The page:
the Potential of Native Arbuscular Mycorrhizal Fungi Inoculation to Improve the Dry Evergreen Afromontane Forests Restoration Efforts in Ethiopia

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Addis Ababa University


Currently, the restoration of dry evergreen Afromontane forests (DAF) is one of the most important environmental agendas in Ethiopia. However, DAF restoration is very challenging and so far, there has been limited success. Therefore, this study aimed to evaluate if there are potential benefits of arbuscular mycorrhizal fungi (AMF) inoculation to improve DAF restoration. Firstly, we investigated the AMF status of nine native tree species raised in ten tree nurseries of central and northern Ethiopia. Secondly, we determined the AMF spore abundance (SA) and infectivity and the soil physicochemical property (a proxy to AMF composition) across four land uses, viz., natural forest (NF), shrub land (ShL), cropland (CrL), and grazing land (GrL) of the Chilimo forest (CF). Thirdly, in a mesh-house experiment, we evaluated the wholesoil AMF inoculation effects on the growth and quality of Cordia africana Lam., Juniperus procera Hochst. ex Endl., and Podocarpus falcatus (Thunb.) R. Br. ex Mirb seedlings grown on sterile and non-sterile degraded DAF ecosystem soil. SA in the nurseries ranged from 1.30-24.63 spores g-1 of soil and was comparable with the SA range found in the CF (3.4-25.3 g-1 of soil). Root AMF colonization (RC) of seedlings ranged from 8-97.67%. Our results indicated that none of the seedlings were with low v SA and RC simultaneously. We also found that land-use changes in the CF, significantly (p<0.05) affected most of the soil physicochemical variables. The nonmetric multidimentioanl scaling ordination plot depicted that the soil physicochemical property was resilient to CF degradation (NF-ShL conversion) but not deforestation (NF-CrL or GrL conversions). SA was resilient to both the degradation and deforestation of CF but infectivity was only resilient to NF-CrL conversion. The mesh-house experiment results indicated that C. africana had significantly (p<0.05) higher mycorrhizal responsiveness compared to J. procera and P. falcatus. Moreover, AMF inoculation significantly (p<0.05) increased C. africana growth, while little or no effect was found for J. procera and P. falcatus. Based on our findings, we conclude AMF inoculation to be merited in some conditions (selected tree species and planting sites). However, additional studies are required on more tree species, AMF variables, and DAF.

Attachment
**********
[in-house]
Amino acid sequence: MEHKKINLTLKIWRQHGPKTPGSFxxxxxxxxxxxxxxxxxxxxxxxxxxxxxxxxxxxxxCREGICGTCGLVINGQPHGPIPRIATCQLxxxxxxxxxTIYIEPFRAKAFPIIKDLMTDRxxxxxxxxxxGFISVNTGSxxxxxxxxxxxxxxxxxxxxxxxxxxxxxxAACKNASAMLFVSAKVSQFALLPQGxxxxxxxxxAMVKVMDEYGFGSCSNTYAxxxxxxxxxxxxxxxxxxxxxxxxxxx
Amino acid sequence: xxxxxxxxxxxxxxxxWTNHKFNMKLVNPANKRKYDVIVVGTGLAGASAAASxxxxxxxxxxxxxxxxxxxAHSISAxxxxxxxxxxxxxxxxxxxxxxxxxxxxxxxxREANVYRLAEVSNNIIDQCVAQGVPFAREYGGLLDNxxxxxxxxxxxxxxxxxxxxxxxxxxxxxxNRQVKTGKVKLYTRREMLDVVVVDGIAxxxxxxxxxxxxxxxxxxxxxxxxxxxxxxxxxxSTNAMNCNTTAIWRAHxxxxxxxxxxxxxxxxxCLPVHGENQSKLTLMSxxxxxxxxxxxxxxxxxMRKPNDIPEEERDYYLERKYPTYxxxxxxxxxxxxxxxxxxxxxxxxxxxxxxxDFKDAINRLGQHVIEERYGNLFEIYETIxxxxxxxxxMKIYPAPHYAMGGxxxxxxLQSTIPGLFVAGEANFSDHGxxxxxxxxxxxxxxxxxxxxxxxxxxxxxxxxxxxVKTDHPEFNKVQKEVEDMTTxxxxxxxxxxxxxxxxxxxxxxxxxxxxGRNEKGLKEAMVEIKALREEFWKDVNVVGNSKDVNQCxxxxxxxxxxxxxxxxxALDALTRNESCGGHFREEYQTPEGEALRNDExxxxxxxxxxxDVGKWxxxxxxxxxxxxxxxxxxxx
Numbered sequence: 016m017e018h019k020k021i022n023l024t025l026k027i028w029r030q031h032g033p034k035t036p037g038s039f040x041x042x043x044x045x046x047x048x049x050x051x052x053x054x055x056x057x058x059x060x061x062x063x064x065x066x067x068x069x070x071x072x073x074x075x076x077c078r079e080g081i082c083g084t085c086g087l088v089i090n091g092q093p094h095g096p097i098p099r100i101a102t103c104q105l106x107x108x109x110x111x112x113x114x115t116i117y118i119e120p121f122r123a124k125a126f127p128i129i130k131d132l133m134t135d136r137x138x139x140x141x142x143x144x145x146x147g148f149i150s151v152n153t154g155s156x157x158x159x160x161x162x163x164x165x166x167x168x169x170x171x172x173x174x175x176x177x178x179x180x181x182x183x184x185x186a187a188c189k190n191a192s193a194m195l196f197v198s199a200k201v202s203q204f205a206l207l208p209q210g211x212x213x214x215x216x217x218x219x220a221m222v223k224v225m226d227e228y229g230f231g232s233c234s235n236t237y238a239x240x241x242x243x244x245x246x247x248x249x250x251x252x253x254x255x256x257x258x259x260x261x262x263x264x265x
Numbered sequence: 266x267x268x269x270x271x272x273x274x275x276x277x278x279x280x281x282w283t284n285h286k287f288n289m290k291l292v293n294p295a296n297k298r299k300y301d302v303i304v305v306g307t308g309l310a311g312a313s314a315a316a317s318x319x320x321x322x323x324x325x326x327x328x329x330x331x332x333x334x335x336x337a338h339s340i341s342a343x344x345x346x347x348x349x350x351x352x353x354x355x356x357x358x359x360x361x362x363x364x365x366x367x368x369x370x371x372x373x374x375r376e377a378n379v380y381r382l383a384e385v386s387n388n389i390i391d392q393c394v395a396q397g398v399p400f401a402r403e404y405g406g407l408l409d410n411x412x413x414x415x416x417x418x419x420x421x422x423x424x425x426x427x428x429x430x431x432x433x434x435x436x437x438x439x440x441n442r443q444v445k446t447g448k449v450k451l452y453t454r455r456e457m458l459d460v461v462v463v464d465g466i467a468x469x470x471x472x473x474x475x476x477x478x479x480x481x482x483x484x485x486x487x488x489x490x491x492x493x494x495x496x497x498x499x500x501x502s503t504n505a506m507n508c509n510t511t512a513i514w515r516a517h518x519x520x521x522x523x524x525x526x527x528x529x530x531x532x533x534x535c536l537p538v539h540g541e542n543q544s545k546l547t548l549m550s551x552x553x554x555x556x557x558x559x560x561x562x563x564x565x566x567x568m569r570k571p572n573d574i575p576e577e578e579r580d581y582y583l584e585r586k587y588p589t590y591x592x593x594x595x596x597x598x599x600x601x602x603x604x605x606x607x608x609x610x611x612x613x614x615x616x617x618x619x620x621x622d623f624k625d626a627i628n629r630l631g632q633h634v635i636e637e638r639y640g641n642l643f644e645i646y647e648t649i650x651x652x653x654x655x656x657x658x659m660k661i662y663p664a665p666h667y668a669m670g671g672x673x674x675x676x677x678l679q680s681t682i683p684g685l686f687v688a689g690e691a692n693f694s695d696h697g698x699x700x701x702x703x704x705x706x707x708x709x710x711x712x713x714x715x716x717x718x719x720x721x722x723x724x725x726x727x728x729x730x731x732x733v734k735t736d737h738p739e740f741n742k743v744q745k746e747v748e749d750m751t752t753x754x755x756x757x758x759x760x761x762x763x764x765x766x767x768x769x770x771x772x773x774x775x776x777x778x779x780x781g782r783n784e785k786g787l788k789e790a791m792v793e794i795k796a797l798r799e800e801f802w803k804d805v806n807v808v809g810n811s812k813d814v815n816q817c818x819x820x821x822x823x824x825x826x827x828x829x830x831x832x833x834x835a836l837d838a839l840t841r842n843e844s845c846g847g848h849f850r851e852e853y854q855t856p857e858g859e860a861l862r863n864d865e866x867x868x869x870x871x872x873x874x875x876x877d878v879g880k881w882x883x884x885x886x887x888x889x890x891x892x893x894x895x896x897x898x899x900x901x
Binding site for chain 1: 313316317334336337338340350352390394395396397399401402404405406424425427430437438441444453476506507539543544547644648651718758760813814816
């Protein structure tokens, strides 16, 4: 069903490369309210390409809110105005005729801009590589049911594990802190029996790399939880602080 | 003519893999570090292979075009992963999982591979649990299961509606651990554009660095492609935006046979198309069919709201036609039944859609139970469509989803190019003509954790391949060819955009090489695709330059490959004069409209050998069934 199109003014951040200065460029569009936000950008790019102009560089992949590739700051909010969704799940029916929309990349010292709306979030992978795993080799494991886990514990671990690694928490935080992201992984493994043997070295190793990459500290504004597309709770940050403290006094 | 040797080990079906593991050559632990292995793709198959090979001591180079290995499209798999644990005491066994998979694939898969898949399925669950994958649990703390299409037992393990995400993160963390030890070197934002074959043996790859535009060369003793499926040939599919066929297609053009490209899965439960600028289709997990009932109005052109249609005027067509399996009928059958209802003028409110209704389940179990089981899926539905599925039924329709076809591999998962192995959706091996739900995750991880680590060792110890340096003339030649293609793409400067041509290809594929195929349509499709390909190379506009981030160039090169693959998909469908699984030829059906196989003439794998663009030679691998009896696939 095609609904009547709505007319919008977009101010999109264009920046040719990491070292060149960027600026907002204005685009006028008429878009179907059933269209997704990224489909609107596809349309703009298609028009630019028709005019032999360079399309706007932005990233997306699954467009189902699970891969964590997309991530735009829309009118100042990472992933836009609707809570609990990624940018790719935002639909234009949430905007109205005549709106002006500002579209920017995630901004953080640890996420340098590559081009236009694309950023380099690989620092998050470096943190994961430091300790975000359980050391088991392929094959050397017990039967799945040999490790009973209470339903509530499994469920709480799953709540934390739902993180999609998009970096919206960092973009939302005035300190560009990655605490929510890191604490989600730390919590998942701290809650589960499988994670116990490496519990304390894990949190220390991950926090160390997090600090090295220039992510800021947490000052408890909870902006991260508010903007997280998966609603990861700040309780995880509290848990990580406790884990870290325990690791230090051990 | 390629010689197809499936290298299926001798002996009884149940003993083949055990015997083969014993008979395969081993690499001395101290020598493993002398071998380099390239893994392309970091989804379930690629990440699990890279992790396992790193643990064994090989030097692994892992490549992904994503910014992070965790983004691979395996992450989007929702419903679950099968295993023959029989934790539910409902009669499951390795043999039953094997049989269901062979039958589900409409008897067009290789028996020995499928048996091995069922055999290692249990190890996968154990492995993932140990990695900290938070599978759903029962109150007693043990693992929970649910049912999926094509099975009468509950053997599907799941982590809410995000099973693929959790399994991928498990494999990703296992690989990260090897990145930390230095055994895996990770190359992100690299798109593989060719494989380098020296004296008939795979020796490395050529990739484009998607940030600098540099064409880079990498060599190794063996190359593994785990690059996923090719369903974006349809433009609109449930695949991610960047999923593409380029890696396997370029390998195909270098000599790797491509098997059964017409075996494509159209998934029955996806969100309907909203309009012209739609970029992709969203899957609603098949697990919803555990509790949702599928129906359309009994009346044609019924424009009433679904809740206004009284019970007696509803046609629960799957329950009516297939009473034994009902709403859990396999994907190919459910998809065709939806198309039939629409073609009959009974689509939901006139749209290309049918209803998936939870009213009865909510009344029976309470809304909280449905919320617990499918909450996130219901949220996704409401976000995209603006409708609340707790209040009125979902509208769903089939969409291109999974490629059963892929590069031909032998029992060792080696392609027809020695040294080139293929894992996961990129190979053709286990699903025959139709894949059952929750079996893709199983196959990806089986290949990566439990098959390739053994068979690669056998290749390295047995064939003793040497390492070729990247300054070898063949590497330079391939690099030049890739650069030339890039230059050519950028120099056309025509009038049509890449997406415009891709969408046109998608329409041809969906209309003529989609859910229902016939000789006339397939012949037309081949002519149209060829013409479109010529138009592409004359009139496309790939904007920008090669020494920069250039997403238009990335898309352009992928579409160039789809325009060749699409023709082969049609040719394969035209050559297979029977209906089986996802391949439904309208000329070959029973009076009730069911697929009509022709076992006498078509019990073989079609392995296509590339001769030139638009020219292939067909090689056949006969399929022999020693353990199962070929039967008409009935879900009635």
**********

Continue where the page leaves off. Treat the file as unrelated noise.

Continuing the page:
Arbuscular Mycorrhizal Fungi (Amf), C. Africana, Chilimo Forest, Dry Evergreen Afromontane Forests (Daf), Forest Restoration, J. Procera, P. Falcatus